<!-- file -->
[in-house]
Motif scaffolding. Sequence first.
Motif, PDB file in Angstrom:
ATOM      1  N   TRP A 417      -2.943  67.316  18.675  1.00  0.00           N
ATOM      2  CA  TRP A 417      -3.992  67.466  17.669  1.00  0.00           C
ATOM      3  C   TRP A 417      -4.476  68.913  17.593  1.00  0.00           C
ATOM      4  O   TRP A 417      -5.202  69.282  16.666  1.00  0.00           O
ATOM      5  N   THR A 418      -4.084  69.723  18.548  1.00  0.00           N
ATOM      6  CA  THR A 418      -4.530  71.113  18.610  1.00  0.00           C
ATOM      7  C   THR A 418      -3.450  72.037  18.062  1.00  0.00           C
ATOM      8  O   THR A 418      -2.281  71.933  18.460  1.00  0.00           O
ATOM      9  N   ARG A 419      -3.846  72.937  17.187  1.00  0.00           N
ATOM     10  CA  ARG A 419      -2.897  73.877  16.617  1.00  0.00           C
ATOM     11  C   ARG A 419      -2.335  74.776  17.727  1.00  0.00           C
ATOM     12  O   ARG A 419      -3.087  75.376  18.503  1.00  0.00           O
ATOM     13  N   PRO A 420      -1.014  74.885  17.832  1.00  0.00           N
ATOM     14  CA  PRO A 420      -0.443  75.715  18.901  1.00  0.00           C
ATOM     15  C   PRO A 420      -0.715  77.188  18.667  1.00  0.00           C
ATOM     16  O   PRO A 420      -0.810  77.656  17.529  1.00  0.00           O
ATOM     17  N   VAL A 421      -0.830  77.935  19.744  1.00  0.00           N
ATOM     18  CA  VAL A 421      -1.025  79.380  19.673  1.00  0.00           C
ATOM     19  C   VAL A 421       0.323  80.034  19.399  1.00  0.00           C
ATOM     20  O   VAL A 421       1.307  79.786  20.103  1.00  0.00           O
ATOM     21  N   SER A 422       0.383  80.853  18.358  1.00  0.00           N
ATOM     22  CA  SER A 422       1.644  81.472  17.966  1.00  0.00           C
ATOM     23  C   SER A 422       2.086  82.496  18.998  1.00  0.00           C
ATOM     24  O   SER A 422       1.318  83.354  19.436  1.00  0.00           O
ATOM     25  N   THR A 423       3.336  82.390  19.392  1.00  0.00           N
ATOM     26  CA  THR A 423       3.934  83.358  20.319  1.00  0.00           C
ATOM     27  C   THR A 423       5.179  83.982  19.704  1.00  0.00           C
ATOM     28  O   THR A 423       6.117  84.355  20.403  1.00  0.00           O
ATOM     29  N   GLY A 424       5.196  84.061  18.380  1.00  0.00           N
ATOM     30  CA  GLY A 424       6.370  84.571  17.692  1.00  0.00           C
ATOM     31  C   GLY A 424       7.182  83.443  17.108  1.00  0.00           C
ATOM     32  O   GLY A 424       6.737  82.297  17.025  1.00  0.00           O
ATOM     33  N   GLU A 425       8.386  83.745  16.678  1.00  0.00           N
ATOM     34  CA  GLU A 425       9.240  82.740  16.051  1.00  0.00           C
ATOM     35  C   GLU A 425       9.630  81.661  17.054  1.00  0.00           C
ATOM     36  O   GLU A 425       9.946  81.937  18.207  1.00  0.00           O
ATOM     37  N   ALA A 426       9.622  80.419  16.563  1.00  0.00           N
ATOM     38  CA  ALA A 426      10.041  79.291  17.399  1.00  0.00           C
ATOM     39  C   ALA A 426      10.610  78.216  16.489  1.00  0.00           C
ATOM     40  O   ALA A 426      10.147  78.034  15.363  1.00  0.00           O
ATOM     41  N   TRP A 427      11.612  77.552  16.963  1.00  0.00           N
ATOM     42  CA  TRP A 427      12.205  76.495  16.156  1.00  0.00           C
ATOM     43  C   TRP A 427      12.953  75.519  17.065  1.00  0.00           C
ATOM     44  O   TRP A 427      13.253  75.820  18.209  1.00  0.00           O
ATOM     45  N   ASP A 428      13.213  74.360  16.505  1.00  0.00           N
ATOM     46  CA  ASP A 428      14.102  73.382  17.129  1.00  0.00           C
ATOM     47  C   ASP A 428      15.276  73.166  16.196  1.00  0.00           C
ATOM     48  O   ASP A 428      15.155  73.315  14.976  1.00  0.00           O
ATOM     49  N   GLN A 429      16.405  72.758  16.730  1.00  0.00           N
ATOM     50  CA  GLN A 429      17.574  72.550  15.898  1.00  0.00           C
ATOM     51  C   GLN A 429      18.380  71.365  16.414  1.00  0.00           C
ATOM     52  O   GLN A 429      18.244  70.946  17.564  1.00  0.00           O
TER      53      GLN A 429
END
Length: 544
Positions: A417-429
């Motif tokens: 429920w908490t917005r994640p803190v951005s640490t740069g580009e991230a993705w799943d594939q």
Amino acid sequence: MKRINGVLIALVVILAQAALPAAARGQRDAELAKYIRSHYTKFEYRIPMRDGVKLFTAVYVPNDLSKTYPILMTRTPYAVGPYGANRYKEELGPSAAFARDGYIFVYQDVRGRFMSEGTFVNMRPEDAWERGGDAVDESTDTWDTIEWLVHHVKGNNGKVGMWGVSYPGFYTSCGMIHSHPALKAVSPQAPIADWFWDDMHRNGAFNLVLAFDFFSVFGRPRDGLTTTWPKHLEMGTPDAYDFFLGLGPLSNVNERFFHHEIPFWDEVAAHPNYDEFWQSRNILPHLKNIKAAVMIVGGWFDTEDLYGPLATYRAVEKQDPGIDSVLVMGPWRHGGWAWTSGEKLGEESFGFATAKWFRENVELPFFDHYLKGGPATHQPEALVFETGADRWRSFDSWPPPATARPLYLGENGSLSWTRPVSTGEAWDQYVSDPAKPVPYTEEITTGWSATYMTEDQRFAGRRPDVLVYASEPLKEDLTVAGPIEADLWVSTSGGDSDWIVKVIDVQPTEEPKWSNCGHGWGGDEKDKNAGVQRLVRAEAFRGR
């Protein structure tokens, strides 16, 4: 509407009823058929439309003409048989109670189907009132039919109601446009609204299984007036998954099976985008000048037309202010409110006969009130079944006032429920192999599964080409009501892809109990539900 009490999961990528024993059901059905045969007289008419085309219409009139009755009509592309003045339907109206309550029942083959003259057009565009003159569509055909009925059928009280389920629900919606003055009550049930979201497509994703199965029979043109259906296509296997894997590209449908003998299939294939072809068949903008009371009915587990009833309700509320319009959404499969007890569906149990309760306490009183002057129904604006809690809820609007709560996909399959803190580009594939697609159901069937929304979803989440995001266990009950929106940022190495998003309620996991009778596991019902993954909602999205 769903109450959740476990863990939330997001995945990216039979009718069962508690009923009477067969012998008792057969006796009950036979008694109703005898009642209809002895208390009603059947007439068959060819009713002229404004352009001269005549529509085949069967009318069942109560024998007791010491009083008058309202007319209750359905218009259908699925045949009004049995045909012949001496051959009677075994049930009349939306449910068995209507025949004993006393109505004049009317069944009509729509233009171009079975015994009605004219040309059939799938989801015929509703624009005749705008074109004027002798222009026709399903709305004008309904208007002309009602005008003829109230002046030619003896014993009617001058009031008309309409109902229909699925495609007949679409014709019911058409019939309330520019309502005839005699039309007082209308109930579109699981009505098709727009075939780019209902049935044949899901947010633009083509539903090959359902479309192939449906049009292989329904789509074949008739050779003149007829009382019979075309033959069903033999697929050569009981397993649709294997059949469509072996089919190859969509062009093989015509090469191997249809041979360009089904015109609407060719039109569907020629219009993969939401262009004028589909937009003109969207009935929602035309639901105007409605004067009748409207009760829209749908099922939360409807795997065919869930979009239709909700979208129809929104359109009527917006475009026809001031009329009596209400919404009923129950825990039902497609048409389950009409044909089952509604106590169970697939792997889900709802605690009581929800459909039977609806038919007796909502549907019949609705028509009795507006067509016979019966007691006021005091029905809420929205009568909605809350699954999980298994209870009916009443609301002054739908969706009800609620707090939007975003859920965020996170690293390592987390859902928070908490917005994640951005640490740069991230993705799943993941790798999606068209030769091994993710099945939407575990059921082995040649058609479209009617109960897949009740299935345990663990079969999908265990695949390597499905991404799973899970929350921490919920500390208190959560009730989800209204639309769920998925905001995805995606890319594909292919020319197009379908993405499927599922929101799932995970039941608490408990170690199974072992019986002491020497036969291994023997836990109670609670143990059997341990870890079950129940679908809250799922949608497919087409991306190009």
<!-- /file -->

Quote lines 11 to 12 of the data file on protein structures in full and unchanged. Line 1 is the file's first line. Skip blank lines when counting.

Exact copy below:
ATOM      8  O   THR A 418      -2.281  71.933  18.460  1.00  0.00           O
ATOM      9  N   ARG A 419      -3.846  72.937  17.187  1.00  0.00           N